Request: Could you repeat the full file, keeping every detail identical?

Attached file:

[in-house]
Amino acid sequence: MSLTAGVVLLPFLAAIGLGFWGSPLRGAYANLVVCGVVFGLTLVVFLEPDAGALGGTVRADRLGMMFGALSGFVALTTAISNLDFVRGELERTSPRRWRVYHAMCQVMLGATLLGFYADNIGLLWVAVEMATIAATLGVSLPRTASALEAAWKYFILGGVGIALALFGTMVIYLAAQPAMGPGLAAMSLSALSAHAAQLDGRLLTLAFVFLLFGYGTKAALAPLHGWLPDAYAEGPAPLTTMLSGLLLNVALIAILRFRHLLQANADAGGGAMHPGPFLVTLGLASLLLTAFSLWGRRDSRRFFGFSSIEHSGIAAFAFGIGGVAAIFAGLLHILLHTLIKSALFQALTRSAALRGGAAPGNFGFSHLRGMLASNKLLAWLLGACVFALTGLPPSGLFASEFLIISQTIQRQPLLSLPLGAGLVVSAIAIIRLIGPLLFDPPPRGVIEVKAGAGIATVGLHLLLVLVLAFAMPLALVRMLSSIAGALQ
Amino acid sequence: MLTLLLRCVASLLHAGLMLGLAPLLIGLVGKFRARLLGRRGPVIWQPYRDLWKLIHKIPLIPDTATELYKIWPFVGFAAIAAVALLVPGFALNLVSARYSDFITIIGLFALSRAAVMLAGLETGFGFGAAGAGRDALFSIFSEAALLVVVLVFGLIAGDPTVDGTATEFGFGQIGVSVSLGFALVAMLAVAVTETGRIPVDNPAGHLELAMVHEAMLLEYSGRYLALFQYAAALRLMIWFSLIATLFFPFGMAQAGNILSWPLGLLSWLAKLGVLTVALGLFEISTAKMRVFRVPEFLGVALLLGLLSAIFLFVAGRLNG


[in-house]
Amino acid sequence: MSLTAGVVLLPFLAAIGLGFWGSPLRGAYANLVVCGVVFGLTLVVFLEPDAGALGGTVRADRLGMMFGALSGFVALTTAISNLDFVRGELERTSPRRWRVYHAMCQVMLGATLLGFYADNIGLLWVAVEMATIAATLGVSLPRTASALEAAWKYFILGGVGIALALFGTMVIYLAAQPAMGPGLAAMSLSALSAHAAQLDGRLLTLAFVFLLFGYGTKAALAPLHGWLPDAYAEGPAPLTTMLSGLLLNVALIAILRFRHLLQANADAGGGAMHPGPFLVTLGLASLLLTAFSLWGRRDSRRFFGFSSIEHSGIAAFAFGIGGVAAIFAGLLHILLHTLIKSALFQALTRSAALRGGAAPGNFGFSHLRGMLASNKLLAWLLGACVFALTGLPPSGLFASEFLIISQTIQRQPLLSLPLGAGLVVSAIAIIRLIGPLLFDPPPRGVIEVKAGAGIATVGLHLLLVLVLAFAMPLALVRMLSSIAGALQ
Amino acid sequence: MLTLLLRCVASLLHAGLMLGLAPLLIGLVGKFRARLLGRRGPVIWQPYRDLWKLIHKIPLIPDTATELYKIWPFVGFAAIAAVALLVPGFALNLVSARYSDFITIIGLFALSRAAVMLAGLETGFGFGAAGAGRDALFSIFSEAALLVVVLVFGLIAGDPTVDGTATEFGFGQIGVSVSLGFALVAMLAVAVTETGRIPVDNPAGHLELAMVHEAMLLEYSGRYLALFQYAAALRLMIWFSLIATLFFPFGMAQAGNILSWPLGLLSWLAKLGVLTVALGLFEISTAKMRVFRVPEFLGVALLLGLLSAIFLFVAGRLNG